By Daniel J. Weiss, Jackie Weidman and Stephanie Pinkalla
The U.S. suffered from numerous extreme weather events in 2011 and 2012. In fact, there were 25 severe storms, floods, droughts, heat waves and wildfires that each caused more than $1 billion in economic damages, with a total price tag of $188 billion. To help communities recover from these violent weather events, the federal government spent nearly $62 billion for disaster relief in fiscal years 2011 and 2012. These federal funds only cover a portion of recovery costs; private insurance and individuals harmed by the events also spent billions of dollars.
There is recent evidence that climate change played a role in the extreme weather events of 2012. The recently released analysis from the American Meteorological Society determined that:
Approximately half the analyses found some evidence that anthropogenically caused climate change was a contributing factor to the extreme event examined, though the effects of natural fluctuations of weather and climate on the evolution of many of the extreme events played key roles as well.
Interestingly, many of the states that received the most federal recovery aid to cope with climate-linked extreme weather have federal legislators who are climate-science deniers. The 10 states that received the most federal recovery aid in fiscal year (FY) 2011 and 2012 elected 47 climate-science deniers to the Senate and the House. Nearly two-thirds of the senators from these top 10 recipient states voted against granting federal emergency aid to New Jersey and New York after Superstorm Sandy.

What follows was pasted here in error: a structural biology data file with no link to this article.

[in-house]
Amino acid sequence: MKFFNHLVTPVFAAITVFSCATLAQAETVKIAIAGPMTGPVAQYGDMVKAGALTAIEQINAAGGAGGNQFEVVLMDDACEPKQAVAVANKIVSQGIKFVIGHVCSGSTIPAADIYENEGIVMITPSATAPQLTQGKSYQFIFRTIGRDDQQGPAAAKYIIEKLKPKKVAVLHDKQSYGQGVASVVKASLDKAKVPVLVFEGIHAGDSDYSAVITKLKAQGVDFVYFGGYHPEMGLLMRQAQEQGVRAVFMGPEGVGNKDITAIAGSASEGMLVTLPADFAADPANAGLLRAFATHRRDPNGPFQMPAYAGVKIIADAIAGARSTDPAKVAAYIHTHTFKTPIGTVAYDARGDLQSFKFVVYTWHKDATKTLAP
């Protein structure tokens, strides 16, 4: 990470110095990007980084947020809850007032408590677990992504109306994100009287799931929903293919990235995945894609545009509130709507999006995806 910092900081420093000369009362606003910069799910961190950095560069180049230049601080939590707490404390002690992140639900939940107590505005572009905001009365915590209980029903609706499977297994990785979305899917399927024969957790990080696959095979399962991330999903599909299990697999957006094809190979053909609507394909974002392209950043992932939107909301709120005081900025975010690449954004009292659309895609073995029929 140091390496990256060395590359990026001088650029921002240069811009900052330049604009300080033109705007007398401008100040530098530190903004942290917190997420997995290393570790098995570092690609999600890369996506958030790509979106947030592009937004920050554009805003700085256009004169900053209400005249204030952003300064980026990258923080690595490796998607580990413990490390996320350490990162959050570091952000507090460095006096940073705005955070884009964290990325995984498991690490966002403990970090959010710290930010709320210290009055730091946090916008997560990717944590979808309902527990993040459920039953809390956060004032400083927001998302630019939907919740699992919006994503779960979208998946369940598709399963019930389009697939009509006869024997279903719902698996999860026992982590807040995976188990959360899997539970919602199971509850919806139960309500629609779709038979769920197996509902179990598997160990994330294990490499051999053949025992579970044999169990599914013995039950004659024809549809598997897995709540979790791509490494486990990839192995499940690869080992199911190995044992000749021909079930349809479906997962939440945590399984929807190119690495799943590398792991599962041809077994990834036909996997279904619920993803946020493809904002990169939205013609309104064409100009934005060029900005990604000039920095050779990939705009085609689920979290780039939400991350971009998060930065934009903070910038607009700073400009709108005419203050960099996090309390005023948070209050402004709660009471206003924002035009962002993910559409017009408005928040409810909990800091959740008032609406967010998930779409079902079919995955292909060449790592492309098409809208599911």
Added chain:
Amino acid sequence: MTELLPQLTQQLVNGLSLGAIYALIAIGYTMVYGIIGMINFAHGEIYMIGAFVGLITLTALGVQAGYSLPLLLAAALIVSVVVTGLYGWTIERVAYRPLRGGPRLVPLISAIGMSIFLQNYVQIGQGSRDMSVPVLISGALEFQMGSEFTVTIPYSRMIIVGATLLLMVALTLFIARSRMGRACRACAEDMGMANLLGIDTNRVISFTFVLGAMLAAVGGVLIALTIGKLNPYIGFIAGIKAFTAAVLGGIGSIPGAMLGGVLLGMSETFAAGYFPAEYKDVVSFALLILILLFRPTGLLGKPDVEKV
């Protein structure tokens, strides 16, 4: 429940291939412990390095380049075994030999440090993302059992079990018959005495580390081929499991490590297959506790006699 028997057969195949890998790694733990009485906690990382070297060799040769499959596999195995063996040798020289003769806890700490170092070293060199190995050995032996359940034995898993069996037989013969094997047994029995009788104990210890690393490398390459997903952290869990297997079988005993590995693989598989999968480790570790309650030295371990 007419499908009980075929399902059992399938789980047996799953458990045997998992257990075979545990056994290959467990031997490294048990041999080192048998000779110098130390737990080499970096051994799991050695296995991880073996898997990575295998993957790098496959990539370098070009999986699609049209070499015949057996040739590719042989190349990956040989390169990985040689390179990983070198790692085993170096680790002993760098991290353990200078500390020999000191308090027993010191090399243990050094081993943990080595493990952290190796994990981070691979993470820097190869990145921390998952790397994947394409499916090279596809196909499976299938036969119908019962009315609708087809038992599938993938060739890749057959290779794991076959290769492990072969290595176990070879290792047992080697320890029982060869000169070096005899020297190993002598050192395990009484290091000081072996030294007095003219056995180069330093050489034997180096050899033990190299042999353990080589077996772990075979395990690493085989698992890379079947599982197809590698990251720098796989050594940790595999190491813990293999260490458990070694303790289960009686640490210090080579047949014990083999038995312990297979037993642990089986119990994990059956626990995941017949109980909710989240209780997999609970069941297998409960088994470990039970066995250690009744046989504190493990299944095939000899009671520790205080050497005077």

Information on federal disaster-relief spending is essential to help Congress and the Obama administration budget enough funds to assist communities with damages from future extreme weather events. This issue brief provides the first-known comprehensive estimate of federal disaster-recovery spending on a state-by-state basis. Federal and individual state governments need these data to better budget funds to help communities recover from future storms, floods, droughts, heat waves and wildfires, as scientists warn that climate change will increase the incidences of extreme weather. This information also shows federal taxpayers how money for disaster relief has been spent during the past two years.